[ExI] extropy-chat Digest, Vol 82, Issue 15

darren shawn greer dgreer_68 at hotmail.com
Sun Jul 11 01:38:29 UTC 2010

"Whether or not the human race subconsciously equates attempts to defeat death with treachery, it’s true that a general air of menace hangs over the quest for immortality in Western literature. Think Gilgamesh or Voldemort."
Think Genesis. I read the old testament once years ago very carefully for several reasons, but mostly to see what all the fuss was about. I grew up in a small Baptist community and I was taught that the Christian God expelled Adam and Eve for eating from the Tree of Knowedge of Good and Evil. Not so. According to Genesis, he kicked them out because he didn't want them eating from the Tree of Life, which would then make them immortal and God-like.  This taboo against extending life in dramatic ways permeates much of our mythology, both religious and secular.

Per Ardua Ad Astra
For more info on author Darren Greer visit 


> Date: Sat, 10 Jul 2010 07:03:43 -0700
> From: bbenzai at yahoo.com
> To: extropy-chat at lists.extropy.org
> Subject: Re: [ExI] extropy-chat Digest, Vol 82, Issue 15
> > From: Max More <max at maxmore.com>
> > To: Extropy-Chat <extropy-chat at lists.extropy.org>
> > Subject: [ExI] New York Times piece on cryonics, featuring
> > Robin
> >     Hanson &  Peggy
> > Message-ID: <201007091640.o69Ge75T023636 at andromeda.ziaspace.com>
> > Content-Type: text/plain; charset="us-ascii";
> > format=flowed
> > 
> > I highly recommend this article on the deep divergence in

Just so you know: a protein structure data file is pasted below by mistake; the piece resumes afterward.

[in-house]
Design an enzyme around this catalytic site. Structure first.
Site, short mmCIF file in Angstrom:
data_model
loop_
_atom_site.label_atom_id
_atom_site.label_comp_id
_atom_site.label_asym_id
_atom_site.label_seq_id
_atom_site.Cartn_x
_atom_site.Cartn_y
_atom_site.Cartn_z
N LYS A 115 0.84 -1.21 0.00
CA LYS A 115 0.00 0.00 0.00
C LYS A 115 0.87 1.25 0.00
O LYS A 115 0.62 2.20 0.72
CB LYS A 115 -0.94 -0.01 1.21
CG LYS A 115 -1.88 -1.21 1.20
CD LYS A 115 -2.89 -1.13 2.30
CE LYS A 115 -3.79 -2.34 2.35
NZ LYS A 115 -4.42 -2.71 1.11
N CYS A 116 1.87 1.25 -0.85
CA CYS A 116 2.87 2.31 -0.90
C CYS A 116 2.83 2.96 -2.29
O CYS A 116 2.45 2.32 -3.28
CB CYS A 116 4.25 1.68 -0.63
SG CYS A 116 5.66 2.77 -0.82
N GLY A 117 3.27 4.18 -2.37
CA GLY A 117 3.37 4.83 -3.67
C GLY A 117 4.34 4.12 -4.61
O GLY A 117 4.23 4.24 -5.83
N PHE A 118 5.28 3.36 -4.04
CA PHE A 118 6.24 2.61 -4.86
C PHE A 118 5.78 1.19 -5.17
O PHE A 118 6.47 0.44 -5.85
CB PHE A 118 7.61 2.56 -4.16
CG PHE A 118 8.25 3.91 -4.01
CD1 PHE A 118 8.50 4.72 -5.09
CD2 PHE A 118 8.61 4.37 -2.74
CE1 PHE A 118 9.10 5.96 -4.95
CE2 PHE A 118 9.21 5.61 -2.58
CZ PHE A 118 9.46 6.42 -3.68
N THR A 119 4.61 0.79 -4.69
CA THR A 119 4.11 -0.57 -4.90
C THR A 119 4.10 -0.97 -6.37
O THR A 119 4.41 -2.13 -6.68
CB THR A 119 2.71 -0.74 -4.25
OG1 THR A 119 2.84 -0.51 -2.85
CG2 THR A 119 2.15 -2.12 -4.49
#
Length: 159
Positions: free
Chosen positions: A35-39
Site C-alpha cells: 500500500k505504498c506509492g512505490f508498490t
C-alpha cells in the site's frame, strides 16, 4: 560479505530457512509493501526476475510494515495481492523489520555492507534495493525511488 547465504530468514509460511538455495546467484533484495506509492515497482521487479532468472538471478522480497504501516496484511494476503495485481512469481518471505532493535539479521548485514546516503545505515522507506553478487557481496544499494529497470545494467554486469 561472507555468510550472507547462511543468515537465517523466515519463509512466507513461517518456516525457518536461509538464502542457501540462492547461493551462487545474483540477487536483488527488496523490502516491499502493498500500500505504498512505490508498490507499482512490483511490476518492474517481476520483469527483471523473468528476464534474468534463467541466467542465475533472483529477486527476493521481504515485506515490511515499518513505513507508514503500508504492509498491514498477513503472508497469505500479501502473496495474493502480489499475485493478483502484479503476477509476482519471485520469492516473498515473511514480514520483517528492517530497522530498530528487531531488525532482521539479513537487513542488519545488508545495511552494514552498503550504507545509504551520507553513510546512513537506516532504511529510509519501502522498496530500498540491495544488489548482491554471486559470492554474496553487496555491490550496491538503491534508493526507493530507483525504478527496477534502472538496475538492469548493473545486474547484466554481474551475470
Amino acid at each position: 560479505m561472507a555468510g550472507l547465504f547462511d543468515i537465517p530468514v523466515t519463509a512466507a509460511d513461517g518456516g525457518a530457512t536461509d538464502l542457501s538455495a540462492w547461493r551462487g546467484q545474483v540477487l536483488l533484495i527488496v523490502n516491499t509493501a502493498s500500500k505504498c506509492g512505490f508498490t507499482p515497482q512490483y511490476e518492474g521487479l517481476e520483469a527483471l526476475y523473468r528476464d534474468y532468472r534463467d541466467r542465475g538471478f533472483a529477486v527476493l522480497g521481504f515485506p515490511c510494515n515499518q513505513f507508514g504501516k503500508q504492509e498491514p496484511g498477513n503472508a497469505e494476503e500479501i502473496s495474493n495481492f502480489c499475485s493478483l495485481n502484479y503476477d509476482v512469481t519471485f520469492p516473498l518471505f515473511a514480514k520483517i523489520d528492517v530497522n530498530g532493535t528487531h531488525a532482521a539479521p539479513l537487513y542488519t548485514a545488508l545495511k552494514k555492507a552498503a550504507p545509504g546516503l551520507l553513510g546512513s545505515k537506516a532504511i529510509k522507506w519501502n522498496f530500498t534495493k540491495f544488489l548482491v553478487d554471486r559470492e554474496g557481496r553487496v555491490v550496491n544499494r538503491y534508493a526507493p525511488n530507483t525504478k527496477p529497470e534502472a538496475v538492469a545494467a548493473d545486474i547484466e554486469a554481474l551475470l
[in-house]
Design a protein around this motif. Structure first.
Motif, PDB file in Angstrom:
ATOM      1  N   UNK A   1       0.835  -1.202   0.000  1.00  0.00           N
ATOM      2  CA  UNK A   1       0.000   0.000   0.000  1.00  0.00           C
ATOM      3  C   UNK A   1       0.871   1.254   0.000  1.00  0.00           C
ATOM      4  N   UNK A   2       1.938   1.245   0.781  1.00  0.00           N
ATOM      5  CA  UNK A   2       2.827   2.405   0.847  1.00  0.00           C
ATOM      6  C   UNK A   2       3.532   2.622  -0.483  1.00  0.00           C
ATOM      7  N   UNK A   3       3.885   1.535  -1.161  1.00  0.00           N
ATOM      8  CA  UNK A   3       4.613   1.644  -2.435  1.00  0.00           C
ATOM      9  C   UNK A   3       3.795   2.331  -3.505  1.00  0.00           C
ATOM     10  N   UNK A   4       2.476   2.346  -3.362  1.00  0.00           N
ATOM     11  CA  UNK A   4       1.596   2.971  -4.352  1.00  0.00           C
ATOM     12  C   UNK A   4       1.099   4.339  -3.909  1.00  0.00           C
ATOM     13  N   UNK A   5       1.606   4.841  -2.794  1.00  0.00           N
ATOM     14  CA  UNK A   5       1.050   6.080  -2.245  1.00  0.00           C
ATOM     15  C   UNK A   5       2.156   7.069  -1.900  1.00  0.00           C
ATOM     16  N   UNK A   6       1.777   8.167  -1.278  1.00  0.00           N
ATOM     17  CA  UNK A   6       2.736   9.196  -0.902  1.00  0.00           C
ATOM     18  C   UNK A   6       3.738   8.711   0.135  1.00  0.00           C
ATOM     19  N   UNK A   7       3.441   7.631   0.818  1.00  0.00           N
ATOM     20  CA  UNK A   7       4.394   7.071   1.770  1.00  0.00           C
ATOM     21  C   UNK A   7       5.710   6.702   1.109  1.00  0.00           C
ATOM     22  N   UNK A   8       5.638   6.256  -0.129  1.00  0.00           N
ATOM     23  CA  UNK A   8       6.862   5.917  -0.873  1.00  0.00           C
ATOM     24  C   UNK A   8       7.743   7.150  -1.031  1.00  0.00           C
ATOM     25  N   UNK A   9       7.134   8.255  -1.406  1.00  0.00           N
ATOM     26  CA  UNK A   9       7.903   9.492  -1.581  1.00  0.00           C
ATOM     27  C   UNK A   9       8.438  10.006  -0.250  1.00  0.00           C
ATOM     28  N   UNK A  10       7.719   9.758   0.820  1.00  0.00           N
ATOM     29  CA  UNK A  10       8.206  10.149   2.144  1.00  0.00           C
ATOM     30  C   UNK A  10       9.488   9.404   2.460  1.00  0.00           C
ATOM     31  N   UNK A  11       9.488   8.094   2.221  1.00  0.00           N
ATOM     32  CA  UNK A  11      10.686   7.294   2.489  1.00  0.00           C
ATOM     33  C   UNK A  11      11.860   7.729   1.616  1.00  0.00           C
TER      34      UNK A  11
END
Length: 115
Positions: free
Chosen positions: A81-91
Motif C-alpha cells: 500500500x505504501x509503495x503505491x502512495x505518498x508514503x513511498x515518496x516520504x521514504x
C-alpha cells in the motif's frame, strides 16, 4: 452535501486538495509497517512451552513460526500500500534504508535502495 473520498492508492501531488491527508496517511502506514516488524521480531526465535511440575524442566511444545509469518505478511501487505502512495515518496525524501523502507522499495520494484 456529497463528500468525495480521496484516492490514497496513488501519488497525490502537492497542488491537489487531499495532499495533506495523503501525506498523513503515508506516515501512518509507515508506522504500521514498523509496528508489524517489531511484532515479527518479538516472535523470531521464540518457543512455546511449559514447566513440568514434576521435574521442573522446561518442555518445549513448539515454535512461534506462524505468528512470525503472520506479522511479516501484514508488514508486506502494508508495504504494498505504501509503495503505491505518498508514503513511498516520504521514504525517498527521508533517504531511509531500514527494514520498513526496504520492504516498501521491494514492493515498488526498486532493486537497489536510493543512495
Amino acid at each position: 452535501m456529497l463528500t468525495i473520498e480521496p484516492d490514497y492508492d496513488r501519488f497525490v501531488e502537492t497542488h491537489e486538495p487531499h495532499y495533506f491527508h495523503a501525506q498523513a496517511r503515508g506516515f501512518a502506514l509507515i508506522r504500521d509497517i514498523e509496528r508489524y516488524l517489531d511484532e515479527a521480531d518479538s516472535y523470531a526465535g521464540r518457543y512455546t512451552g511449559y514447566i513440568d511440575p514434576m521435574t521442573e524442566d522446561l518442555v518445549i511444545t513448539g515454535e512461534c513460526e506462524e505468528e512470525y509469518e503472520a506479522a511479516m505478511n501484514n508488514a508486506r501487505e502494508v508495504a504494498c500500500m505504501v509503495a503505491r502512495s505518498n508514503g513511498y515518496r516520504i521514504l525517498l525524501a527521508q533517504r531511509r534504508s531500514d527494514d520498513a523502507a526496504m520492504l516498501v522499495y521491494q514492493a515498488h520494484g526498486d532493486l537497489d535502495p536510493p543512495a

> > world view 
> > between those (like Robin Hanson -- well known to many of
> > us here) 
> > who want to live indefinitely long, through cryonic
> > suspension if 
> > necessary, and those (such as his wife Peggy) who do not
> > and don't 
> > want others to do so either.
> > 
> > http://www.nytimes.com/2010/07/11/magazine/11cryonics-t.html?pagewanted=all
> > 
> > Be sure to read the comments too. Prepare to be frustrated,
> > outraged, 
> > and puzzled, as well as amused at commentators who raise
> > issues with 
> > no awareness that cryonics advocates have thought about
> > them long and 
> > deep for many years.
> The thing that shocks and depresses me is not the ignorance - we know about that - but the hostility. Why do so many people have the attitude "you think differently to me, therefore you are my enemy and I must stop you from doing what you want, even if it has no effect on me whatsoever"?
> I reckon that anyone whose partner is opposed to their plans for cryonic (or any other type of) suspension should think long and hard about how to make sure their wishes are carried out, and take heed of this very disturbing comment (supported by 74 readers!):
> "An easy solution would be to just agree with him all the way to the grave. Then bury or cremate him. He'll never know."
> That is chilling.
> Ben Zaiboc
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